The U.S. Treasury Department’s Financial Crimes Enforcement Network, or FinCEN, this week proposed regulations aimed at increasing transparency around crypto mixing services. These services, the agency says, are used by terrorist organizations and state actors to obscure financial transactions. FinCEN refers to these services as “Convertible Virtual Currency Mixing” or CVC mixing.
U.S. Treasury Takes Aim at Crypto Mixers, Citing National Security Risks
In its latest update, FinCEN’s goal is to mandate financial institutions to report transactions involving international CVC mixing services, which the agency identifies as an “acute money laundering and national security risk.” Notable bitcoin (BTC) and ethereum (ETH) mixing services using Coinjoin enable users to combine their transactions, thereby masking the origins and endpoints of funds.
Andrea Gacki, the director of FinCEN, remarked that virtual currency mixing services empower the “ransomware ecosystem, rogue state actors, and other criminals to fund their unlawful activities.” Deputy Treasury Secretary Wally Adeyemo emphasized the department’s dedication to thwarting crypto mixing utilization by terrorists, cybercriminals, and those evading sanctions.
Following the Treasury Department’s classifications of multiple cryptocurrency mixing services in the past year, such as Tornado Cash and Blender.io, the new regulations were proposed. It’s alleged that these platforms aided in laundering millions from hacks linked to countries like North Korea.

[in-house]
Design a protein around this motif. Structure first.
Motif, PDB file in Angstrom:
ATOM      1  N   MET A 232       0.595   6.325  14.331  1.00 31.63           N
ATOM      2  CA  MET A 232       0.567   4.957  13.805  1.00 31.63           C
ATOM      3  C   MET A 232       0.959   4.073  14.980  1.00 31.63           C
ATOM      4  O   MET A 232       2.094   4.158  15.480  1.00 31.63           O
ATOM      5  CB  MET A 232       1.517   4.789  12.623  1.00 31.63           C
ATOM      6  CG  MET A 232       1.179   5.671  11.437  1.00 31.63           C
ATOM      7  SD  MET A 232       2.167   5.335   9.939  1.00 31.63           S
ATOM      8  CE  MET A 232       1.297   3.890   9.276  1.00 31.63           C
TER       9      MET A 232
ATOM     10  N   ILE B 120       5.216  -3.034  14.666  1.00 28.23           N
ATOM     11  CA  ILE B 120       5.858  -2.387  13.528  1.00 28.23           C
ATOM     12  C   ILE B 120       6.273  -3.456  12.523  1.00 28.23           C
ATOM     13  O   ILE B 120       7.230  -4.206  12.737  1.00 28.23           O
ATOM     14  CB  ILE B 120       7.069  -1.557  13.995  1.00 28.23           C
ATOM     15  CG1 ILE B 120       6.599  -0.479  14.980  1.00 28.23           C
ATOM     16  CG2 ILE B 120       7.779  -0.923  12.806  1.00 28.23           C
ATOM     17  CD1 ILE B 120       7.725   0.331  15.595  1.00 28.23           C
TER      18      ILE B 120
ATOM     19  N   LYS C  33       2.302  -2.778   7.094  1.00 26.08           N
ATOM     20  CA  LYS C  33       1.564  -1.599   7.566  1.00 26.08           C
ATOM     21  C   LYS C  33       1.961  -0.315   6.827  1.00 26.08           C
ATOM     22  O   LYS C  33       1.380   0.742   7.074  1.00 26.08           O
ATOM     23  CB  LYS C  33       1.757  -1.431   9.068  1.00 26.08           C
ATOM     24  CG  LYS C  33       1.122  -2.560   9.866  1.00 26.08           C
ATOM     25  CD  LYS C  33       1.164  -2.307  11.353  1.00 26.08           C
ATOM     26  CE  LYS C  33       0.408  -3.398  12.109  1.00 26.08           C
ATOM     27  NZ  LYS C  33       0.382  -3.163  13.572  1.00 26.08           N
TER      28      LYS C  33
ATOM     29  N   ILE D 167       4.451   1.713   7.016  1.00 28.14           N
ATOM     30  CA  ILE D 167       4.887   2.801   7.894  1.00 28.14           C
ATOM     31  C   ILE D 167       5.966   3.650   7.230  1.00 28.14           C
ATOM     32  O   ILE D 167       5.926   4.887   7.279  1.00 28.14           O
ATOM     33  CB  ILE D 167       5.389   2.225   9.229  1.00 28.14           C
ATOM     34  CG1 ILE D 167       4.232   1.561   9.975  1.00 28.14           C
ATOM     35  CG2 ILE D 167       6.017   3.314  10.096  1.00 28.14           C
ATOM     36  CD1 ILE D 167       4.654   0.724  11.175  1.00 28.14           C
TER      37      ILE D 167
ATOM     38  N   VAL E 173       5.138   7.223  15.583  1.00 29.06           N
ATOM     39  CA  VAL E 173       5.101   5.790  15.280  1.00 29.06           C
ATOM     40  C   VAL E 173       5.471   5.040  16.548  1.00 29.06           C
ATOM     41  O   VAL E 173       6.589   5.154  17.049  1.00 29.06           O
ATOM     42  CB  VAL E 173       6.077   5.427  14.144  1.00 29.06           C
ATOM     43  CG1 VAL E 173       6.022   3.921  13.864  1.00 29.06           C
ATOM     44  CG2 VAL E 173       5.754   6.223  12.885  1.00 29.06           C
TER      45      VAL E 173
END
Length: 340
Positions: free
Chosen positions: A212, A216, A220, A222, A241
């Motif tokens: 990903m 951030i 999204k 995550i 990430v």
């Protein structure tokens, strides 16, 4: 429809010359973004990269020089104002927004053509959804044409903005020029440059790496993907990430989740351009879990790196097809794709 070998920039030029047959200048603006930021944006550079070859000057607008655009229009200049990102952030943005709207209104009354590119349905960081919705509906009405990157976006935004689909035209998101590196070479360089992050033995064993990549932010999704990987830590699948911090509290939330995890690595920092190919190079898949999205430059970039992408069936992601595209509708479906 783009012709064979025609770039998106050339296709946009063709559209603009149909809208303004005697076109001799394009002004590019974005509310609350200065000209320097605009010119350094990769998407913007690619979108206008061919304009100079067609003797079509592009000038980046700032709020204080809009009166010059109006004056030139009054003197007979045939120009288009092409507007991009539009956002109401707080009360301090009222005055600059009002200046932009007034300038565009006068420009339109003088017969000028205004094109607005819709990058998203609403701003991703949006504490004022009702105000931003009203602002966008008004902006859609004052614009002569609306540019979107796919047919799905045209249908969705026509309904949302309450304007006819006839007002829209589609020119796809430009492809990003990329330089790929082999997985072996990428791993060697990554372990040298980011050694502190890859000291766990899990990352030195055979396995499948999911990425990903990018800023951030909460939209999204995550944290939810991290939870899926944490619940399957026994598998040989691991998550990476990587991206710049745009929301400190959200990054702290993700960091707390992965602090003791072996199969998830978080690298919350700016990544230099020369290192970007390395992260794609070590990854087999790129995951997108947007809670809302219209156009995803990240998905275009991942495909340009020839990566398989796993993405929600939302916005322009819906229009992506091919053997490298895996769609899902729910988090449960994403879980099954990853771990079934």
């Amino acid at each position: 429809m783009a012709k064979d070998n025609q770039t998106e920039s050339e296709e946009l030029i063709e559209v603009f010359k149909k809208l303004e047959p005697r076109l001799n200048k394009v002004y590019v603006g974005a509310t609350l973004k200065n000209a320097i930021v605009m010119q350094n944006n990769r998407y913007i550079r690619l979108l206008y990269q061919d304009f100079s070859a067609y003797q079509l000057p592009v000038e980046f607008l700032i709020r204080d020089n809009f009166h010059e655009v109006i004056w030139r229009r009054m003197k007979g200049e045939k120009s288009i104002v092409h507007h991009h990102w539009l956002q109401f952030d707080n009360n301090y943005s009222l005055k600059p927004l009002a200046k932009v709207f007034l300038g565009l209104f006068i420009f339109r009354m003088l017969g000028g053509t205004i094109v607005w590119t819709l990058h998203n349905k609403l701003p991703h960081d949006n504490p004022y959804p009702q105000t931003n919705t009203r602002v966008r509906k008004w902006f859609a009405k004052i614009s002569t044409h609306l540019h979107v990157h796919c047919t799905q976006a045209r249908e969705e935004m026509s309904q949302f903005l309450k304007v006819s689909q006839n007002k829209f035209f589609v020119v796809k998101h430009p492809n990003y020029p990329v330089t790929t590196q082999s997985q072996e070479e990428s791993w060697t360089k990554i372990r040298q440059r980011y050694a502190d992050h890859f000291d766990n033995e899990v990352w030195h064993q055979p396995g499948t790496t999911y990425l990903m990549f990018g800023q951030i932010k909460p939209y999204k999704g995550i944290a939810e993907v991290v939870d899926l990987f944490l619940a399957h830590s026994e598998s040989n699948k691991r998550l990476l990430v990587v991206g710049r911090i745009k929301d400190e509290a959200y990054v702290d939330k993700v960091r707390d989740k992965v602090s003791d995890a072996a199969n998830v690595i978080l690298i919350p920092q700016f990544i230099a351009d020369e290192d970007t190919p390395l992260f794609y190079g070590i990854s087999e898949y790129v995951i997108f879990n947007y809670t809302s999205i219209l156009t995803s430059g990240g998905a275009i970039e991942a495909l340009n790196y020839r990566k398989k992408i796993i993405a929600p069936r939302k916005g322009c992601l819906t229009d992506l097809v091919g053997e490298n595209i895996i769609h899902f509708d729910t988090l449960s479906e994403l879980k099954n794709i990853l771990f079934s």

The federal agency said that Tornado Cash “provided mixing services that obfuscated the movement of over $455 million stolen in March 2022 by the OFAC-designated, North Korea-controlled Lazarus Group in the largest known virtual currency heist to date.”
However, advocates of privacy assert that clampdowns on mixers negatively affect ordinary users dependent on them. Coin Center, a nonprofit emphasizing cryptocurrency policy matters, lodged a complaint against the Treasury Department concerning the Tornado Cash prohibition in October 2022, claiming it surpasses the Treasury’s statutory authority.
Coinjoin transactions conceal user identities by merging funds from varied origins. Such actions can maintain privacy without malicious intent. Nonetheless, FinCEN contends that these instruments are exploited by nefarious individuals.
Besides Tornado Cash and Blender.io, the Office of Foreign Assets Control, or OFAC, has been flagging a handful of crypto addresses tied to alleged wrongdoers. Some speculate that future proof-of-stake (PoS) validators and proof-of-work (PoW) miners will possess the capability to block transactions based on sanctioned individuals and addresses.
The Ethereum ecosystem has been cautious of OFAC-compliant blocks over the preceding two years, with 30% of Ethereum blocks currently complying with OFAC rules. Furthermore, in early May 2021, the bitcoin mining company Marathon produced the first OFAC-compliant block. However, this approach was subsequently abandoned by the mining firm.
FinCEN’s latest action follows a call to action led by Sen. Elizabeth Warren (D-MA) and supported by 100 other lawmakers. They’ve been pressing the Biden administration to tackle the issue of “crypto illicit finance risks.”
What do you think about FinCEN’s action against crypto mixers? Share your thoughts and opinions about this subject in the comments section below.